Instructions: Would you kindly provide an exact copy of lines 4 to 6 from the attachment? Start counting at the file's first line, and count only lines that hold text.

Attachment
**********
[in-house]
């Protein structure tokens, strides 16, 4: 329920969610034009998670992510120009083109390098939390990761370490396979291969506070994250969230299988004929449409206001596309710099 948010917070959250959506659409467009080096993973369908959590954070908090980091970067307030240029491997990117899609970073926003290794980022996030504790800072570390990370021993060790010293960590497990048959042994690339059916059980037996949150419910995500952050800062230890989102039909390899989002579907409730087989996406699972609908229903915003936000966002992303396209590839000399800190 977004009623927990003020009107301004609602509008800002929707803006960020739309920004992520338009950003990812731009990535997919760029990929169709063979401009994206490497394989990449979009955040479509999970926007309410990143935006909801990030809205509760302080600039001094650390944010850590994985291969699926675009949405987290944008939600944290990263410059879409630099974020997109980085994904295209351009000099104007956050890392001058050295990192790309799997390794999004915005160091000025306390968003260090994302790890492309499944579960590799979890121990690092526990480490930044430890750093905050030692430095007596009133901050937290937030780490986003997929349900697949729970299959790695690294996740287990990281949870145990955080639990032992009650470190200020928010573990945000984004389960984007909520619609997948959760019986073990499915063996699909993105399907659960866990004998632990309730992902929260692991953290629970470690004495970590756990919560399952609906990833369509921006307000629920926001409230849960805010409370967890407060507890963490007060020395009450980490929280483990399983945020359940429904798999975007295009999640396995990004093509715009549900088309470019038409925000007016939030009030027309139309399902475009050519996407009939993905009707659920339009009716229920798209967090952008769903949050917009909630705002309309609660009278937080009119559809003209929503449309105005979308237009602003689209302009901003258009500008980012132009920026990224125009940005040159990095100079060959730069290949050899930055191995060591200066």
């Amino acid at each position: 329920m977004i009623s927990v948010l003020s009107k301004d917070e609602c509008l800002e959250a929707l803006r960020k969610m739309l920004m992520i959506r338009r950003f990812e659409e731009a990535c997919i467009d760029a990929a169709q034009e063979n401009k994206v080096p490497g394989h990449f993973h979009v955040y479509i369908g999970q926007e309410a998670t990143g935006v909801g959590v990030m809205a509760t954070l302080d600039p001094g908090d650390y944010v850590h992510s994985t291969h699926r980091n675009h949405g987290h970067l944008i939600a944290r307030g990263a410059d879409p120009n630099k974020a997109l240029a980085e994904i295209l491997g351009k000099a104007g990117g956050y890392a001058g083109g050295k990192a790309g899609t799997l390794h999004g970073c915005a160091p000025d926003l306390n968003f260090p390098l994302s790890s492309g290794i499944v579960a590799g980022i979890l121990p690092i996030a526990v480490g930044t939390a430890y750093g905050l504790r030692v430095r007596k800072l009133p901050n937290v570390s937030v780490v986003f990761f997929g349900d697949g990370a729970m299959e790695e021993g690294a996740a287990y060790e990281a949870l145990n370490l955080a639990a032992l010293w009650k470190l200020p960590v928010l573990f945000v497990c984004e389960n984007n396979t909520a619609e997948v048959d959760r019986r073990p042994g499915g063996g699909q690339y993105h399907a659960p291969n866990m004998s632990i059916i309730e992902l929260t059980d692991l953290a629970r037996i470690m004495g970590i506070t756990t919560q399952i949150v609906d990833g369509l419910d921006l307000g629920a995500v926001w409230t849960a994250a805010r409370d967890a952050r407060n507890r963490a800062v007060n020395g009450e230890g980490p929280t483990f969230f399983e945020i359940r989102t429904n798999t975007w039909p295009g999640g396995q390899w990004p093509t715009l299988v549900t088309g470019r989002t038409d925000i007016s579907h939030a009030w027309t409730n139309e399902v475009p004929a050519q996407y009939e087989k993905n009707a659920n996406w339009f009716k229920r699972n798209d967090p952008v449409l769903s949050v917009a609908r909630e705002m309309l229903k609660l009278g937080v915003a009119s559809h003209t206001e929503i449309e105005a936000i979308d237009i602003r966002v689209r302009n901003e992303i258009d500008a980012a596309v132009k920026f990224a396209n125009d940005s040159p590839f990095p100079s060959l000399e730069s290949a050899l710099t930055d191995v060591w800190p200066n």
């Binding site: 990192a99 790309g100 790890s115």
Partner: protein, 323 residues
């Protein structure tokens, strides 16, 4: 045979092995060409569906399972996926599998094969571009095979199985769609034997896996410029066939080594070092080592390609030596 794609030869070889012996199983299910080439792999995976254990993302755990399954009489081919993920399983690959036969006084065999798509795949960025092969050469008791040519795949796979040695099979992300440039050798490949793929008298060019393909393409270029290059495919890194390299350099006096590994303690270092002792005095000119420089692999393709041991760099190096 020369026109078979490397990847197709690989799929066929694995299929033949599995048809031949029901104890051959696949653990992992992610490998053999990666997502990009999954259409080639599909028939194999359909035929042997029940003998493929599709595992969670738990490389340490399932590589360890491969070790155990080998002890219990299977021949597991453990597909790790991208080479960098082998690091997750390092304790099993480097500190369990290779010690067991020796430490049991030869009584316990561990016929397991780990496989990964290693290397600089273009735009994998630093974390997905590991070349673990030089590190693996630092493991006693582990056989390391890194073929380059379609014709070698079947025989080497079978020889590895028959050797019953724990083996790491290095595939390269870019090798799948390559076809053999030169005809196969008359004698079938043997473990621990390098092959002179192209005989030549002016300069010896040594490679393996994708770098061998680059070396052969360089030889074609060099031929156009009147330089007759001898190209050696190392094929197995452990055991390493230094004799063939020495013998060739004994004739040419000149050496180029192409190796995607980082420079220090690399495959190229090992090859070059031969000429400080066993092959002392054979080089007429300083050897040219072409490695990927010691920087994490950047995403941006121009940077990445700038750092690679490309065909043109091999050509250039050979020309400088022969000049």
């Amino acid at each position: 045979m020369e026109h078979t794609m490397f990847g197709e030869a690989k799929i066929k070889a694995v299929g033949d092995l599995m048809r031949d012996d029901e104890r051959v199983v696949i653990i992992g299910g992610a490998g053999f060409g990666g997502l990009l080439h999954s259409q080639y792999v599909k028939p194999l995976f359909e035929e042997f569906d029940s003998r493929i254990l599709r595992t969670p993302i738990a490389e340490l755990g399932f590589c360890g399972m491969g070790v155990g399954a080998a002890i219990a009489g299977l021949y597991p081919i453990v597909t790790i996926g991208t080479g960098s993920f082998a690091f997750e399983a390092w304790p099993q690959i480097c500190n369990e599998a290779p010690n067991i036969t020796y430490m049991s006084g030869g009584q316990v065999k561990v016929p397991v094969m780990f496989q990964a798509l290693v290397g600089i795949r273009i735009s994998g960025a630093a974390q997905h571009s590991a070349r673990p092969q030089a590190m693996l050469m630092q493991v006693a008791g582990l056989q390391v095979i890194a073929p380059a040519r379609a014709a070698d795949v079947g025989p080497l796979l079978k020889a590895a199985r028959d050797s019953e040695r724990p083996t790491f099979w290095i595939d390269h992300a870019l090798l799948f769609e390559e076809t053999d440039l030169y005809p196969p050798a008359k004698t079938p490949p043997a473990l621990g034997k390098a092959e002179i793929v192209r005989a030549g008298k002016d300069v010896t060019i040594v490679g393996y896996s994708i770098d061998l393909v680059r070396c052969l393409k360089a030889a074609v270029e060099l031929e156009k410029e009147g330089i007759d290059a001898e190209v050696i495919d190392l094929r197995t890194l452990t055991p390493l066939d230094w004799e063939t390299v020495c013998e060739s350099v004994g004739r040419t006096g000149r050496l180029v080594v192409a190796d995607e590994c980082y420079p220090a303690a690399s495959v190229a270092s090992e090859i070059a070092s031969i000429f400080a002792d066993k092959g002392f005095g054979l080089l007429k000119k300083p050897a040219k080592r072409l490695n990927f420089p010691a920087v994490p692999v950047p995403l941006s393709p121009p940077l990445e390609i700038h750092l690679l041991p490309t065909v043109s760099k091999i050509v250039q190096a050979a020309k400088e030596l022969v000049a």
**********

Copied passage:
């Binding site: 990192a99 790309g100 790890s115």
Partner: protein, 323 residues
């Protein structure tokens, strides 16, 4: 045979092995060409569906399972996926599998094969571009095979199985769609034997896996410029066939080594070092080592390609030596 794609030869070889012996199983299910080439792999995976254990993302755990399954009489081919993920399983690959036969006084065999798509795949960025092969050469008791040519795949796979040695099979992300440039050798490949793929008298060019393909393409270029290059495919890194390299350099006096590994303690270092002792005095000119420089692999393709041991760099190096 020369026109078979490397990847197709690989799929066929694995299929033949599995048809031949029901104890051959696949653990992992992610490998053999990666997502990009999954259409080639599909028939194999359909035929042997029940003998493929599709595992969670738990490389340490399932590589360890491969070790155990080998002890219990299977021949597991453990597909790790991208080479960098082998690091997750390092304790099993480097500190369990290779010690067991020796430490049991030869009584316990561990016929397991780990496989990964290693290397600089273009735009994998630093974390997905590991070349673990030089590190693996630092493991006693582990056989390391890194073929380059379609014709070698079947025989080497079978020889590895028959050797019953724990083996790491290095595939390269870019090798799948390559076809053999030169005809196969008359004698079938043997473990621990390098092959002179192209005989030549002016300069010896040594490679393996994708770098061998680059070396052969360089030889074609060099031929156009009147330089007759001898190209050696190392094929197995452990055991390493230094004799063939020495013998060739004994004739040419000149050496180029192409190796995607980082420079220090690399495959190229090992090859070059031969000429400080066993092959002392054979080089007429300083050897040219072409490695990927010691920087994490950047995403941006121009940077990445700038750092690679490309065909043109091999050509250039050979020309400088022969000049």